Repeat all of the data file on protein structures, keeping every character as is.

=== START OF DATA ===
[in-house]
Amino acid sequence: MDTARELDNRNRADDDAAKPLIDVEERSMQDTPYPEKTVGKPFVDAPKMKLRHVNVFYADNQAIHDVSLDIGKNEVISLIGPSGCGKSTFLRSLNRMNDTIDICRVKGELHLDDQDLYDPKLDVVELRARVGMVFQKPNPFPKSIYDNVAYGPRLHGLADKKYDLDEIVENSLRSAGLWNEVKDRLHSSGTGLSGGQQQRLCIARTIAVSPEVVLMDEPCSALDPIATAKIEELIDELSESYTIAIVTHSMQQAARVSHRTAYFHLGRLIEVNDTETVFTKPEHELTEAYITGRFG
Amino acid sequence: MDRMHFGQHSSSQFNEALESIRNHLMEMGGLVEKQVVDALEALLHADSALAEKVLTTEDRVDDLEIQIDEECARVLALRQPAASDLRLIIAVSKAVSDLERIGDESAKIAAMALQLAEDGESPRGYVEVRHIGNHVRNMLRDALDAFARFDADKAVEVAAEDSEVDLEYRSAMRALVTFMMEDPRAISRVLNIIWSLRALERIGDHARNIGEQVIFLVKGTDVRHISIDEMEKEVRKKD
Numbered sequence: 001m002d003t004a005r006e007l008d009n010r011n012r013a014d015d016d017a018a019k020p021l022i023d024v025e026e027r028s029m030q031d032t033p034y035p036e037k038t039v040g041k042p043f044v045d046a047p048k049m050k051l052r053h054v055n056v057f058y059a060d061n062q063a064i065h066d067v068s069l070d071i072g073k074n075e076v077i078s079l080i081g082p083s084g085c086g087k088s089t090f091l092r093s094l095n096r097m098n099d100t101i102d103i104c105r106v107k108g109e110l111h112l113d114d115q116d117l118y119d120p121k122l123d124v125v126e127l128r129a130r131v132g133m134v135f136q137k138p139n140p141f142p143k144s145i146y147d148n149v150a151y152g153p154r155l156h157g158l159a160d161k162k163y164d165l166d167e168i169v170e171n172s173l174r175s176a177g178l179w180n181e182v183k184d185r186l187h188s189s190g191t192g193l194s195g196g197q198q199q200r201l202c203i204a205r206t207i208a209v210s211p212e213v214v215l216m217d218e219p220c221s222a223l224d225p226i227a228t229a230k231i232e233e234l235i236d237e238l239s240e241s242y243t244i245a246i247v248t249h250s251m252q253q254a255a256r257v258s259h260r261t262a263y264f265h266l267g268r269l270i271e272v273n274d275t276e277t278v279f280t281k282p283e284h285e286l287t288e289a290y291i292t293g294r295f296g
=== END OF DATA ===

[in-house]
Amino acid sequence: MDTARELDNRNRADDDAAKPLIDVEERSMQDTPYPEKTVGKPFVDAPKMKLRHVNVFYADNQAIHDVSLDIGKNEVISLIGPSGCGKSTFLRSLNRMNDTIDICRVKGELHLDDQDLYDPKLDVVELRARVGMVFQKPNPFPKSIYDNVAYGPRLHGLADKKYDLDEIVENSLRSAGLWNEVKDRLHSSGTGLSGGQQQRLCIARTIAVSPEVVLMDEPCSALDPIATAKIEELIDELSESYTIAIVTHSMQQAARVSHRTAYFHLGRLIEVNDTETVFTKPEHELTEAYITGRFG
Amino acid sequence: MDRMHFGQHSSSQFNEALESIRNHLMEMGGLVEKQVVDALEALLHADSALAEKVLTTEDRVDDLEIQIDEECARVLALRQPAASDLRLIIAVSKAVSDLERIGDESAKIAAMALQLAEDGESPRGYVEVRHIGNHVRNMLRDALDAFARFDADKAVEVAAEDSEVDLEYRSAMRALVTFMMEDPRAISRVLNIIWSLRALERIGDHARNIGEQVIFLVKGTDVRHISIDEMEKEVRKKD
Numbered sequence: 001m002d003t004a005r006e007l008d009n010r011n012r013a014d015d016d017a018a019k020p021l022i023d024v025e026e027r028s029m030q031d032t033p034y035p036e037k038t039v040g041k042p043f044v045d046a047p048k049m050k051l052r053h054v055n056v057f058y059a060d061n062q063a064i065h066d067v068s069l070d071i072g073k074n075e076v077i078s079l080i081g082p083s084g085c086g087k088s089t090f091l092r093s094l095n096r097m098n099d100t101i102d103i104c105r106v107k108g109e110l111h112l113d114d115q116d117l118y119d120p121k122l123d124v125v126e127l128r129a130r131v132g133m134v135f136q137k138p139n140p141f142p143k144s145i146y147d148n149v150a151y152g153p154r155l156h157g158l159a160d161k162k163y164d165l166d167e168i169v170e171n172s173l174r175s176a177g178l179w180n181e182v183k184d185r186l187h188s189s190g191t192g193l194s195g196g197q198q199q200r201l202c203i204a205r206t207i208a209v210s211p212e213v214v215l216m217d218e219p220c221s222a223l224d225p226i227a228t229a230k231i232e233e234l235i236d237e238l239s240e241s242y243t244i245a246i247v248t249h250s251m252q253q254a255a256r257v258s259h260r261t262a263y264f265h266l267g268r269l270i271e272v273n274d275t276e277t278v279f280t281k282p283e284h285e286l287t288e289a290y291i292t293g294r295f296g